Meereswissenschaftliche Berichte No 1 1990 - Marine Science Reports No 1 1990
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Die Reaktion des Mesozooplanktons, speziell der Biomasse, auf küstennahen Auftrieb vor Westafrika = The Mesozooplankton Response to Coastal Upwelling off West Africa with Particular Regard to Biomass

Postel, Lutz

Abstract. The coastal upwelling regions in the paths of the Canaries and Benguela Currents are characterized by large amounts of zooplankton. Economic considerations relating particularly to fisheries and marine geology led to an upsurge of exploratory activity in these areas during the seventies. The CINECA (Cooperative Investigations of the Northern Part of the Eastern Central Atlantic) programme alone involved 14 countries and around 100 research cruises between 1970 and 1977, including eight by the r/v 'Alexander von Humboldt' of the GDR's Academy of Sciences. In 1976 and 1979, the region investigated by this vessel was extended to include the sea area off Namibia During the 'Meteor' expedition from 1925 to 1927, HENTSCHEL attempted to concentrate on the quatitative apsects of plankton research in order to identify factors governing the variations in time and space of the 'properties of life'. Complete comparatibility of the methods used was regarded as an indispensible condition for such studies. Owing to the large number of separate studies undertaken by differen institutions, this requirement has still not been fulfilled in the West African upwelling regions. Since 1970, the r/v 'Alexander von Humboldt' has used the WP-2-standard net type to collect mesozooplankton (0.2 to 10 mm body length) distribution data based on dry weight. Such data are now available in space-time scales ranging from hundreds of metres and minutes to several thousand kilometres and years. In the present work, these data are used to investigate the characteristic effects of coastal upwelling on zooplankton biomass (ZPB) after a single upwelling event off Namibia and a whole upwelling season off Northwest Africa and their dependence on water depth and distance from the shore. Measurements in the Central Atlantic north of the equator permitted comparison with conditions in which the absence of a biomass surplus indicated the climax of a planktonic community. The ageing of the water in the direction of the current permitted the development of the plankton succession and biomass to be observed during upwelling events. The transformation of the space axis into a time axis and the estimation of the cumulative seasonal biomass increase allowed the calculation of net growth rates. Initial considerations were devoted to the filter effects influencing the objective identification of distribution patters, such as: - net selectivity in terms of the biomass of the small mesozooplankton relative to that of the plankton as a whole, as taxonomic groups, as feeding types and their development times, and the importance of the net fraction as prey for commercial fish species, - errors associated with field and laboratory conditions, and - sampling errors. The main results are: 1. The samples yielded by the standard WP-2 UNESCO net represent about on third of the total plankton in the top 200 m of the water column in the coastal upwelling region off West Africa. This fraction consists of almost identical proportions of fine filter feeders, coarse filter feeders and carnivores with development times ob between 20 and 40 days. It reflects the food spectrum of commercial fish species to varying degrees, i.e. to 70 % in the case of Scomber colias, 60 % for Trachurus spec. and 50 % for Sardinella spec. These estimates are based on a comparison of plankton body lengths with the length ranges within which the organisms were quantitatively represented in the catches. 2. Measuring errors can be broken down into the categories 'deterministic (constant and quasi-constant)' and 'random'. The deterministic errors varied between -48 % and 21 %. The values were used with opposite signs to ensure the homogeneity of the data. The highest losses arose when cold-stored samples were defrozen and the supernatants decanted before drying. Random errors varied between ±2 and ±13 %. They were highest when a plankton splitter was used. 3. Sampling errors may stem from the use of finite measuring series and discrete sampling. In the former case, interanual variations had to be considered off Northwest Africa, but these are probably minimal because all investigations were performed during a positive Ekman transport anomaly (e.g. off Cap Blanc, ø = 20° 15' N). The diurnal vertical plankton migration was regarded as a sampling error of the latter category and assumed to be a fixed phase process. Except in two cases, its influence could be ignored in the oceanic region off Northwest Africa, possibly owing to the damping effect of the vertically integrated sampling method. A negative anomaly existed for the whole duration of the study. Other meso and coarse scale energy rich signals were attenuated during the consideration of mean values. In the cross-shore vertical distributions, the eddy influence on the zooplankton biomass was of the order of magnitude of the upwelling signal. 4. On average, the zooplankton biomass doubled after an upwelling event. In the EKMAN layer off Southwest Africa, a maximum increase from about 40 to 80 mg*m^-3 was recorded from the locality of the upwelling to about 130 - 160 km from the coast across-shore. Off Northwest Africa, the onset of the upwelling season was signified by values of about 20 mg*m^-3 from 75 to 200 m depth. On the shelf, the coming upwelling season was signalled by values exceeding 40 - 50 mg*m^-3. 5. In the water column down to a depth of 200m, the net growth rate off Northwest Africa increased from 14 mg*m^-3*month^-1 in the coastal zone (H < 75 m) to 38 mg*m^-3*month^-1 near the shelf edge and then decreased in the oceanic region <20° W to mg*m^-3*month^-1. There it decreased from 29 (0 < z < 25 m) through 12 (25 < z < 75 m ) to 7 mg*m^-3*month^-1 (75 < z < 200 m) as the depth increased. The analogous vertical break-down is not available for the shelf region. Comparison of the results for Southwest Africa with corresponding Northwest African data taken from the literature, the net growth rates are the same in both regions. Off Namibia, 1.56 mg*m^-3*d^-1 and 47 mg*m^-3*month^-1 in the top 75 m from the upwelling site to the biomass maximum. 6. According to the net growth rates, the year-round upwelling of nutrient-rich water leads to a cumulative increase in mean zooplankton biomass to 250 mg*m^-3 in the coastal zone (H < 75 m) off Northwest Africa, 500 mg*m^-3 near the sheld edge and 100 mg*m^-3 in the oceanic region up to 20° W, where the vertical gradation is 400, 150 and 30 mg*m^-3. Drastic deviations from these values indicate local peculiarities. For instance, a 2.5-fold positive anomaly was found over the broad, shallow shelf off Cabo Verga. An apparent 1.5-fold 'loss' in the shelf edge region off Cap Blanc was accounted for as the calculated food requirement of chub mackrel. 7. Seasonal variations were observed particularly seaward of the shelf. Off Northwest Africa, the elevated biomass zone in this area extended southward for 15 degress of latitude from 24° N, vertically to a depth of 200 m, and seaward for a distance of over 400 km in the first half of the year. In October/November, the zone contracted and was limited to between 20° N and 22° N, the top 25 m of the water column and a distance of 100 to 200 km from the coast. 8. Off Southwest Africa, the biomass in the top 75 m of the water column peaked 23 days after the upwelling event. At greater depths, the lag increased to 8 - 10 weeks at z < 200 m in the oceanic region off Northwest Africa. 9. North of Cap Blanc, the upwelling water consisted predominantly of nutrient-rich North Atlantic central water (NACW). In this area, the ZPB response typical of predominantly nutrient-rich South Atlantic central water (SACW) did not materialize. The biomass differences reflected the position of the internal NACW/NASW water front at the water surface. In the oceanic part of the investigation area, its position changed distinctly from 24° N in the first half-year to 21/22° in the second. 10. A region of considerable biomass variability that was independent of coastal upwelling activity coincided in space with an active eddy zone seaward of the shelf edge north of the Cape Verde Islands. The ZPB in this region was higher than that of the Central Atlantic for almost the whole year. Horizontal gradients were expressed in an extreme case in a decrease from 257 to 3 mg*m^-3 in a distance of less than 40 km. ZPB and nutrient concentrations correlated negatively in sample cyclonic and anticyclonic eddies with diameters of 40 to 70 km. 11. The absolute maximum of 1096 mg*m^-3 was recorded seaward of the shelf in the top 25 m of the water column in the sea region off Cap Blanc (ø = 20° 55' N) during the main upwelling season in May (1974). In February (1976), when the northern boundary of the trade wind zone was reached, oceanic conditions predominated even over the shelf off Bahia de Garnet (ø = 25° N). 12. During the period of most intensive EKMAN transport (June), downwelling in the shelf edge region led to a reduction in biomass to values below those typical of upwelling activity in the area affected by the cross circulation of the Canaries Current (ø > 20° N).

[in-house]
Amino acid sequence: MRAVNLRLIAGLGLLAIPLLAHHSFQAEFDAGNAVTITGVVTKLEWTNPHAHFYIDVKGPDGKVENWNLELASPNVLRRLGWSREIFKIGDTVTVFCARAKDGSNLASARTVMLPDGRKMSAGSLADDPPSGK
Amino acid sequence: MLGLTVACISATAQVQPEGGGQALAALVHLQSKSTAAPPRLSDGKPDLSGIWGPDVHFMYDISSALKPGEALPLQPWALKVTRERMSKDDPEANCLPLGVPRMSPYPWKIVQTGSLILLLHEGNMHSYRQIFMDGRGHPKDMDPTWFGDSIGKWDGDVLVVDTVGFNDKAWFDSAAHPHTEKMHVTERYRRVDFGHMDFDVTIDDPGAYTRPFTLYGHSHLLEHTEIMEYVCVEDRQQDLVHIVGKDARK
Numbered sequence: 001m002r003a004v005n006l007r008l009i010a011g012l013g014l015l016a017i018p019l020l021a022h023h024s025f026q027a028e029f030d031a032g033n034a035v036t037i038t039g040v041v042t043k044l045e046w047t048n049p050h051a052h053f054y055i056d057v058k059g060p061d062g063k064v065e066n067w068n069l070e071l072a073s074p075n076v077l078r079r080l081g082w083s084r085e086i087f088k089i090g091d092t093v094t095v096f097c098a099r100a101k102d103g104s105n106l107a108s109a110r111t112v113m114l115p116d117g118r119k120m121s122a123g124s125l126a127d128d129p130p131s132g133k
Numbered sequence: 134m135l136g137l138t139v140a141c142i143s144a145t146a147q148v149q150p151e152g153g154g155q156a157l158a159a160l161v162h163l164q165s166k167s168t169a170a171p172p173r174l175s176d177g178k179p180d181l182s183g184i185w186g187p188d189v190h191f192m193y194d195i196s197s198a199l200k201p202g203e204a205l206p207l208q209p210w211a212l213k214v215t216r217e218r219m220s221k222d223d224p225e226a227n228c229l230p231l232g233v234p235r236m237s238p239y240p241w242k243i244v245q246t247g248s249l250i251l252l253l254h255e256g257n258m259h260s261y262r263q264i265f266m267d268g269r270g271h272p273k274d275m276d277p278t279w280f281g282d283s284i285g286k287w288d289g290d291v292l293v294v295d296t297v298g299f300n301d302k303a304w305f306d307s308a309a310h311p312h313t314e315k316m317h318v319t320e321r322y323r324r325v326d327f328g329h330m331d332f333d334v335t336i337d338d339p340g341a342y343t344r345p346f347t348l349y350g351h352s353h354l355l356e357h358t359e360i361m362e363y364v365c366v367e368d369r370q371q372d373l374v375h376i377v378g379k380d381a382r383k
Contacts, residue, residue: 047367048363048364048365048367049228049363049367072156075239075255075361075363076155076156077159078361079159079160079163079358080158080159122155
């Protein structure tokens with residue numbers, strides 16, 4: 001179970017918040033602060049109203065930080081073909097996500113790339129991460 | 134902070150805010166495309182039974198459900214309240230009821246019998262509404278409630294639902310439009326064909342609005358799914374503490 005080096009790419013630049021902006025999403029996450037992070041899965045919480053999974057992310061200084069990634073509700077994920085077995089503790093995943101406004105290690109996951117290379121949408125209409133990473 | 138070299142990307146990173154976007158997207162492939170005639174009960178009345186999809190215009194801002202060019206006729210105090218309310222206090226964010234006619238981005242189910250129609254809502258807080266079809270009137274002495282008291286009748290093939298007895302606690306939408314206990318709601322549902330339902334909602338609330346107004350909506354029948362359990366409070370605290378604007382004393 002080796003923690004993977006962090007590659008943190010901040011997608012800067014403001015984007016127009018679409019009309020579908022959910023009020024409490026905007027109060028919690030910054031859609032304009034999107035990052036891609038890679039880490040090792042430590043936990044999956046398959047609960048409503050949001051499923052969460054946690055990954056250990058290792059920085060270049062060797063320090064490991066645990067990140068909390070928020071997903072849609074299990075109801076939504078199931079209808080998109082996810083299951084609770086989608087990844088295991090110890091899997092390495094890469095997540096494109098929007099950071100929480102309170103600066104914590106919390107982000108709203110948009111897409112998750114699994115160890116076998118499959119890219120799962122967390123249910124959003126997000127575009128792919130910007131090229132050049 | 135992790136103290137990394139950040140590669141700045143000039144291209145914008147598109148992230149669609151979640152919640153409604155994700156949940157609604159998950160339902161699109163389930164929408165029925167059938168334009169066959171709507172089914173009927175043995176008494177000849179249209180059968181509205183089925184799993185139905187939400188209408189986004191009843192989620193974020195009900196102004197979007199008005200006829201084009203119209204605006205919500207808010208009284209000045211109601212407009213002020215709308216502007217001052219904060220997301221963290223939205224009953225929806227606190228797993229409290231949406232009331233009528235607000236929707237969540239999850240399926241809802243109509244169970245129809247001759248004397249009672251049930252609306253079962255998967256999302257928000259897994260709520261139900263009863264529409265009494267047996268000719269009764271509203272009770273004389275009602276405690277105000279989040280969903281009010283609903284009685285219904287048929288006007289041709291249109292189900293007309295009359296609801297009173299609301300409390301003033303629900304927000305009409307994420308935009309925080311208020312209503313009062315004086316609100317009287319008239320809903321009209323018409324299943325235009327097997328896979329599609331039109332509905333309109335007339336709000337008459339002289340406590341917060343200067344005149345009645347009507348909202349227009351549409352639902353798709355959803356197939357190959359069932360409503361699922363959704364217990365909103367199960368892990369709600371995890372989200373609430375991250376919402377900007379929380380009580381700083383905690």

Dietwart Nehring: Die hydrographisch-chemischen Bedingungen in der westlichen und zentralen Ostsee von 1979 bis 1988 - ein Vergleich. Meereswiss. Ber., Warnemünde, 2 (1990), doi:10.12754/msr-1990-0002 Dietwart Nehring & Wolfgang Matthäus: Aktuelle Trends hydrographischer und chemischer Parameter in der Ostsee, 1958 - 1989. Meereswiss. Ber., Warnemünde, 2 (1990), doi:10.12754/msr-1990-0002